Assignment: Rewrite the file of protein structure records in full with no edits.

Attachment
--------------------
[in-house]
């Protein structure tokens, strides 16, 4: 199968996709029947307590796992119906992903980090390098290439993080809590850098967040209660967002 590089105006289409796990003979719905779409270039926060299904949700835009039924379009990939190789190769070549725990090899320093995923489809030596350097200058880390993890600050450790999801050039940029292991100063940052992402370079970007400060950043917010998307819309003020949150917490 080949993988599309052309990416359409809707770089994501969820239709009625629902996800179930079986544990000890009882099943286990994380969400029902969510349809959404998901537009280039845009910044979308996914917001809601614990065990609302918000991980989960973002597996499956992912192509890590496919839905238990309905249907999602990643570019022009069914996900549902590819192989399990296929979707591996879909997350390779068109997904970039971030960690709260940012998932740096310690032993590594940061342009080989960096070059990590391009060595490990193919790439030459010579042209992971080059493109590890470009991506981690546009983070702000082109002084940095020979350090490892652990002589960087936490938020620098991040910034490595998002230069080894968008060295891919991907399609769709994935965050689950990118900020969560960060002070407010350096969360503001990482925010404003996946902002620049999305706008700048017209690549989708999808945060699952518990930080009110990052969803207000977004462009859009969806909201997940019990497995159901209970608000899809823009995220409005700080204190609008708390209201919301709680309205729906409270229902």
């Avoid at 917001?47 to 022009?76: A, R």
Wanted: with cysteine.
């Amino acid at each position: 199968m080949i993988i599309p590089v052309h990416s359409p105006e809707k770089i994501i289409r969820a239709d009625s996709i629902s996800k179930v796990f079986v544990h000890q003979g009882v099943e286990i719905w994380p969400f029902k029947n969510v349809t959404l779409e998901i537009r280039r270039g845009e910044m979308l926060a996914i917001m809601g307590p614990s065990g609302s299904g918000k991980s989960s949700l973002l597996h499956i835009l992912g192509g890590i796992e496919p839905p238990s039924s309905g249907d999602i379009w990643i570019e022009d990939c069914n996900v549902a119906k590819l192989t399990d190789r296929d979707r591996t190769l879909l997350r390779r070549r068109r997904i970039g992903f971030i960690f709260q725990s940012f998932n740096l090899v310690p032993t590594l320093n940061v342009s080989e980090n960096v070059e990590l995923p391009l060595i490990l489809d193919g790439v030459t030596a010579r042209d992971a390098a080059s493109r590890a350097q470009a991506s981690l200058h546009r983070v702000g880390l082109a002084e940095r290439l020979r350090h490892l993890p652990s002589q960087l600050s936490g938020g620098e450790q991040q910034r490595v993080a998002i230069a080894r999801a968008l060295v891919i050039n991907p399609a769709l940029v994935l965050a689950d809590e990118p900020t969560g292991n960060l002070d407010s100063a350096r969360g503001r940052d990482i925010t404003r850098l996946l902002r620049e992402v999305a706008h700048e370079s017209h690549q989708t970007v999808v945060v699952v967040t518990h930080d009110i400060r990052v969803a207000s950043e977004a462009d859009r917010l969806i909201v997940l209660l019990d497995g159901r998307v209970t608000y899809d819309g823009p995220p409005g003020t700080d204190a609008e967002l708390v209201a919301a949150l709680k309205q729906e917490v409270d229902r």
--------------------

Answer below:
[in-house]
């Protein structure tokens, strides 16, 4: 199968996709029947307590796992119906992903980090390098290439993080809590850098967040209660967002 590089105006289409796990003979719905779409270039926060299904949700835009039924379009990939190789190769070549725990090899320093995923489809030596350097200058880390993890600050450790999801050039940029292991100063940052992402370079970007400060950043917010998307819309003020949150917490 080949993988599309052309990416359409809707770089994501969820239709009625629902996800179930079986544990000890009882099943286990994380969400029902969510349809959404998901537009280039845009910044979308996914917001809601614990065990609302918000991980989960973002597996499956992912192509890590496919839905238990309905249907999602990643570019022009069914996900549902590819192989399990296929979707591996879909997350390779068109997904970039971030960690709260940012998932740096310690032993590594940061342009080989960096070059990590391009060595490990193919790439030459010579042209992971080059493109590890470009991506981690546009983070702000082109002084940095020979350090490892652990002589960087936490938020620098991040910034490595998002230069080894968008060295891919991907399609769709994935965050689950990118900020969560960060002070407010350096969360503001990482925010404003996946902002620049999305706008700048017209690549989708999808945060699952518990930080009110990052969803207000977004462009859009969806909201997940019990497995159901209970608000899809823009995220409005700080204190609008708390209201919301709680309205729906409270229902």
């Avoid at 917001?47 to 022009?76: A, R």
Wanted: with cysteine.
């Amino acid at each position: 199968m080949i993988i599309p590089v052309h990416s359409p105006e809707k770089i994501i289409r969820a239709d009625s996709i629902s996800k179930v796990f079986v544990h000890q003979g009882v099943e286990i719905w994380p969400f029902k029947n969510v349809t959404l779409e998901i537009r280039r270039g845009e910044m979308l926060a996914i917001m809601g307590p614990s065990g609302s299904g918000k991980s989960s949700l973002l597996h499956i835009l992912g192509g890590i796992e496919p839905p238990s039924s309905g249907d999602i379009w990643i570019e022009d990939c069914n996900v549902a119906k590819l192989t399990d190789r296929d979707r591996t190769l879909l997350r390779r070549r068109r997904i970039g992903f971030i960690f709260q725990s940012f998932n740096l090899v310690p032993t590594l320093n940061v342009s080989e980090n960096v070059e990590l995923p391009l060595i490990l489809d193919g790439v030459t030596a010579r042209d992971a390098a080059s493109r590890a350097q470009a991506s981690l200058h546009r983070v702000g880390l082109a002084e940095r290439l020979r350090h490892l993890p652990s002589q960087l600050s936490g938020g620098e450790q991040q910034r490595v993080a998002i230069a080894r999801a968008l060295v891919i050039n991907p399609a769709l940029v994935l965050a689950d809590e990118p900020t969560g292991n960060l002070d407010s100063a350096r969360g503001r940052d990482i925010t404003r850098l996946l902002r620049e992402v999305a706008h700048e370079s017209h690549q989708t970007v999808v945060v699952v967040t518990h930080d009110i400060r990052v969803a207000s950043e977004a462009d859009r917010l969806i909201v997940l209660l019990d497995g159901r998307v209970t608000y899809d819309g823009p995220p409005g003020t700080d204190a609008e967002l708390v209201a919301a949150l709680k309205q729906e917490v409270d229902r």